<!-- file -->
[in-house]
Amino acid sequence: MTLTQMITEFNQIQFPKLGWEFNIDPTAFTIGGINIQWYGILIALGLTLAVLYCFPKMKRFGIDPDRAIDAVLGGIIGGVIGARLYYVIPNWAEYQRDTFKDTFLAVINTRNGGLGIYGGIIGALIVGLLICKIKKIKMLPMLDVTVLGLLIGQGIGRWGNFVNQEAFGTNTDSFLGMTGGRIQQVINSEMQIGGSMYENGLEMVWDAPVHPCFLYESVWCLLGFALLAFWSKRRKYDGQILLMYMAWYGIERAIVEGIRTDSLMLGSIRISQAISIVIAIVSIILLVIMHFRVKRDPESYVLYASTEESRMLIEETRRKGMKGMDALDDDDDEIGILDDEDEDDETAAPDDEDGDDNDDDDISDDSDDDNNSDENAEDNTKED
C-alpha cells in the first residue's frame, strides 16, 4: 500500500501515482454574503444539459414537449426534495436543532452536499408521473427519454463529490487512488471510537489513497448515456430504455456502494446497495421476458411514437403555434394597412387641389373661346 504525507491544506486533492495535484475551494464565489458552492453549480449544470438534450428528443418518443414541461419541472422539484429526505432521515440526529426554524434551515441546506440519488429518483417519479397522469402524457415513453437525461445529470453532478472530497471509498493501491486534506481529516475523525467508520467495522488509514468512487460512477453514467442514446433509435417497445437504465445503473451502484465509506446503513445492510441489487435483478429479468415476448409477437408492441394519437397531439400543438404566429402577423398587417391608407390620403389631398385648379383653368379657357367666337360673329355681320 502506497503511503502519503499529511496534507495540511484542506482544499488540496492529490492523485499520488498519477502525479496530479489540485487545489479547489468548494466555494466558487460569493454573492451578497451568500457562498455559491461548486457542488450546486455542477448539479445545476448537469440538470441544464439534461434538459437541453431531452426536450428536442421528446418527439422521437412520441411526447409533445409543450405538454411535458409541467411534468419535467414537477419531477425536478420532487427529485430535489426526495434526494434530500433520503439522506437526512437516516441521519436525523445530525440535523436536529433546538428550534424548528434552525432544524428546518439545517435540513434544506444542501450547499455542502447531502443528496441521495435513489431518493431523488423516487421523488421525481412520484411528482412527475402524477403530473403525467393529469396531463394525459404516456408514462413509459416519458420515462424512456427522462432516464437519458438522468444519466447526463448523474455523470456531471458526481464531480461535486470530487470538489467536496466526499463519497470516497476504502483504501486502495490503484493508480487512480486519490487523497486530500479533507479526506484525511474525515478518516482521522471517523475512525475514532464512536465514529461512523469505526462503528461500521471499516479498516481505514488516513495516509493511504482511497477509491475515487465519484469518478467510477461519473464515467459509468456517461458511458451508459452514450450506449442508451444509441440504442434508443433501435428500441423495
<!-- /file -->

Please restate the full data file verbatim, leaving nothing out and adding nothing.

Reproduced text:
[in-house]
Amino acid sequence: MTLTQMITEFNQIQFPKLGWEFNIDPTAFTIGGINIQWYGILIALGLTLAVLYCFPKMKRFGIDPDRAIDAVLGGIIGGVIGARLYYVIPNWAEYQRDTFKDTFLAVINTRNGGLGIYGGIIGALIVGLLICKIKKIKMLPMLDVTVLGLLIGQGIGRWGNFVNQEAFGTNTDSFLGMTGGRIQQVINSEMQIGGSMYENGLEMVWDAPVHPCFLYESVWCLLGFALLAFWSKRRKYDGQILLMYMAWYGIERAIVEGIRTDSLMLGSIRISQAISIVIAIVSIILLVIMHFRVKRDPESYVLYASTEESRMLIEETRRKGMKGMDALDDDDDEIGILDDEDEDDETAAPDDEDGDDNDDDDISDDSDDDNNSDENAEDNTKED
C-alpha cells in the first residue's frame, strides 16, 4: 500500500501515482454574503444539459414537449426534495436543532452536499408521473427519454463529490487512488471510537489513497448515456430504455456502494446497495421476458411514437403555434394597412387641389373661346 504525507491544506486533492495535484475551494464565489458552492453549480449544470438534450428528443418518443414541461419541472422539484429526505432521515440526529426554524434551515441546506440519488429518483417519479397522469402524457415513453437525461445529470453532478472530497471509498493501491486534506481529516475523525467508520467495522488509514468512487460512477453514467442514446433509435417497445437504465445503473451502484465509506446503513445492510441489487435483478429479468415476448409477437408492441394519437397531439400543438404566429402577423398587417391608407390620403389631398385648379383653368379657357367666337360673329355681320 502506497503511503502519503499529511496534507495540511484542506482544499488540496492529490492523485499520488498519477502525479496530479489540485487545489479547489468548494466555494466558487460569493454573492451578497451568500457562498455559491461548486457542488450546486455542477448539479445545476448537469440538470441544464439534461434538459437541453431531452426536450428536442421528446418527439422521437412520441411526447409533445409543450405538454411535458409541467411534468419535467414537477419531477425536478420532487427529485430535489426526495434526494434530500433520503439522506437526512437516516441521519436525523445530525440535523436536529433546538428550534424548528434552525432544524428546518439545517435540513434544506444542501450547499455542502447531502443528496441521495435513489431518493431523488423516487421523488421525481412520484411528482412527475402524477403530473403525467393529469396531463394525459404516456408514462413509459416519458420515462424512456427522462432516464437519458438522468444519466447526463448523474455523470456531471458526481464531480461535486470530487470538489467536496466526499463519497470516497476504502483504501486502495490503484493508480487512480486519490487523497486530500479533507479526506484525511474525515478518516482521522471517523475512525475514532464512536465514529461512523469505526462503528461500521471499516479498516481505514488516513495516509493511504482511497477509491475515487465519484469518478467510477461519473464515467459509468456517461458511458451508459452514450450506449442508451444509441440504442434508443433501435428500441423495